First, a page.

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Burney Fischer
School of Public and Environmental Affairs

Jenny Cohen
School of Public and Environmental Affairs

Last modified: Monday, January 30, 2006

A destructive beetle’s appearance in Hamilton County has implications for the region

Jan. 30, 2006

BLOOMINGTON, Ind. -- Emerald Ash Borer, the beetle responsible for killing at least 8 to 10 million ash trees in three Midwestern states, has now been found in Hamilton County. The Indiana Department of National Resources has issued an emergency order to restrict the movement of ash products in Hamilton and Marion counties.

"The impact of Emerald Ash Borer on cities and towns will be the real focal point," said Burney Fischer, a forestry professor at the School of Public and Environmental Affairs at Indiana University. "The loss of trees, particularly where they might be concentrated, will be devastating. The cost of tree removal and disposal by cities, towns and homeowners will be huge. This is a big public policy issue. Cities must have tree emergency plans in place to prepare for this kind of situation."

Marc Lame, a lecturer at SPEA whose focus is on pest management programs, believes that city plans should include how to get information to homeowners about the problem so they can watch out for ash borers on their own properties. "Education is the key to preventing and/or delaying the onset of infestations," Lame said. "With this invasive species, our leaders should educate community members on how to limit the transportation of any ash trees -- dead or alive -- prior to the infestation."

Lame also believes cities should look into ways to recycle ash trees for the community. "If there is a significant infestation, it would be interesting to develop a plan whereby the non-infested pieces of wood could become a resource to the community in the form of fuel or other products to decrease the extra expense to our waste management," he said. "While losing trees can be negative, those dead and dying trees can also provide positive returns for the rest of our community."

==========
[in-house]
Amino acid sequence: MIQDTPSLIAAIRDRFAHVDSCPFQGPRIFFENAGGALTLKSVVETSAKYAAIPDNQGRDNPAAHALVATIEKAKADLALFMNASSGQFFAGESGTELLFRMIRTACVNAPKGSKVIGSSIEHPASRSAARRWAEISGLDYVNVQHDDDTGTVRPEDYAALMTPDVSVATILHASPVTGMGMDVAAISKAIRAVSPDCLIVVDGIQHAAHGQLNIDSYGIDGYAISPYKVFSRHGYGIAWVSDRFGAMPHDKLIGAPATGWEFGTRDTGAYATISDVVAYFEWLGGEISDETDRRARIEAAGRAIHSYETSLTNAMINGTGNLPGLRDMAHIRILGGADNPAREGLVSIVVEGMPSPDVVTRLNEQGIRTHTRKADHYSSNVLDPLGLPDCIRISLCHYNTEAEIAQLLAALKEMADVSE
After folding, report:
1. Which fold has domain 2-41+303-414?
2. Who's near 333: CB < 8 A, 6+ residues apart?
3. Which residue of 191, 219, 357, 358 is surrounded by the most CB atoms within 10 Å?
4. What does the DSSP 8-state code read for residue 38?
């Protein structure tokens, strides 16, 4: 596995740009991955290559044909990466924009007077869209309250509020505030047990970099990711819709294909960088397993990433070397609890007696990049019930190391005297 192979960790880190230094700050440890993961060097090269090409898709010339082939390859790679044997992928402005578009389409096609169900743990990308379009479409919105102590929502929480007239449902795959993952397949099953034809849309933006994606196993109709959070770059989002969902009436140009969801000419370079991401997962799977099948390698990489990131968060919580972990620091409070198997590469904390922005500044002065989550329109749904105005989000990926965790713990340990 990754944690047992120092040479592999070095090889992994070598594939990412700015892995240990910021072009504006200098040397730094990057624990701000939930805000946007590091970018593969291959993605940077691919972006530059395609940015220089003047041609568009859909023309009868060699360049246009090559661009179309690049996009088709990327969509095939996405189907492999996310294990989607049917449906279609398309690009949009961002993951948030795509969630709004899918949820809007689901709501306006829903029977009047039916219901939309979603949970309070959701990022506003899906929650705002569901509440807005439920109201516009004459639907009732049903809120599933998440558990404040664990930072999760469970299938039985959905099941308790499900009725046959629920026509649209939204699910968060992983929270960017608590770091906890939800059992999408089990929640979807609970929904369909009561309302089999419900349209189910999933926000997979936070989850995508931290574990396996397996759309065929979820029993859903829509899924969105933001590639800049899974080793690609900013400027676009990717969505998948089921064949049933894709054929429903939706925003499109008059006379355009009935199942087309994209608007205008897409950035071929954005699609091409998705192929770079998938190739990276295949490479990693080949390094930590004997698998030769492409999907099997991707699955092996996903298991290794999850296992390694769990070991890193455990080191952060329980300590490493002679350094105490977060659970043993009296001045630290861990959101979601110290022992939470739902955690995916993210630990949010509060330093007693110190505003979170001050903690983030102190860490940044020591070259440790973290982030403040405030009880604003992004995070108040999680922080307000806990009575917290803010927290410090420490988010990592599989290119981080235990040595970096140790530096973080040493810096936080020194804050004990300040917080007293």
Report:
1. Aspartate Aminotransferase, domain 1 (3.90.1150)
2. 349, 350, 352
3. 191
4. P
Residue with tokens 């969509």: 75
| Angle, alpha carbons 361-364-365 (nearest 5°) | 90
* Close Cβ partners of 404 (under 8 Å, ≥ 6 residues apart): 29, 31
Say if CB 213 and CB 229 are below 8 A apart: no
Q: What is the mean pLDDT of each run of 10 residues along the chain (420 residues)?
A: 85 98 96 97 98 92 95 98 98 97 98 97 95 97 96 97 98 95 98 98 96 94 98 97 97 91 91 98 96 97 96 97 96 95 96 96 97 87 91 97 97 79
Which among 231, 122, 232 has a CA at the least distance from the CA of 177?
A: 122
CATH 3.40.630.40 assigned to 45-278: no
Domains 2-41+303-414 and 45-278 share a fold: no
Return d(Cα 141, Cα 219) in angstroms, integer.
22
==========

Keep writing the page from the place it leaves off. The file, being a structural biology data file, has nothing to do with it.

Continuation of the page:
In the immediate future, Fischer suggests that homeowners, particularly those in the affected counties, check their ash trees this spring for signs that they are under stress, such as a sparse or partial crown of leaves or splitting bark. Also, since ash trees are least susceptible to infestation when they are healthy, homeowners can help protect their ash trees with mulching and frequent watering.

There is no known way to get rid of the larvae once they have attacked a tree. Most trees infested with the Emerald Ash Borer will die within two years. To keep the ash borer from spreading, quarantines and restrictions on the movement of ash products, such as the ones implemented by the DNR, need to be maintained as well as persistent monitoring of the infestations to track the movement of these pests.

In addition, Fischer suggested three possible ways to reduce the problem, but these would most likely require money and time to develop. His suggestions include:

  • Find a naturally occurring pest in Asia that is safe to introduce into the United States to control the ash borer, which would be a long-term process.
  • Find a cost-effective pesticide that can be used to protect ash trees in high-value places like cities and towns. The environmental implications are unknown.
  • Genetically engineer an ash tree that is resistant to the beetle for street tree plantings, although that would require the work of biotechnologists on a tree that doesn't yet exist.

The School of Public and Environmental Affairs at Indiana University, located on eight campuses, is committed to teaching, research and service in areas such as public and nonprofit management, public policy, environmental science, criminal justice, arts administration and health administration. The school maintains continuing relationships with a large number of public agencies at all levels of government; public and private hospitals and health organizations; and nonprofit organizations and corporations in the private sector. SPEA has earned national distinction for innovative educational programs that combine administrative, social, economic, financial and environmental disciplines.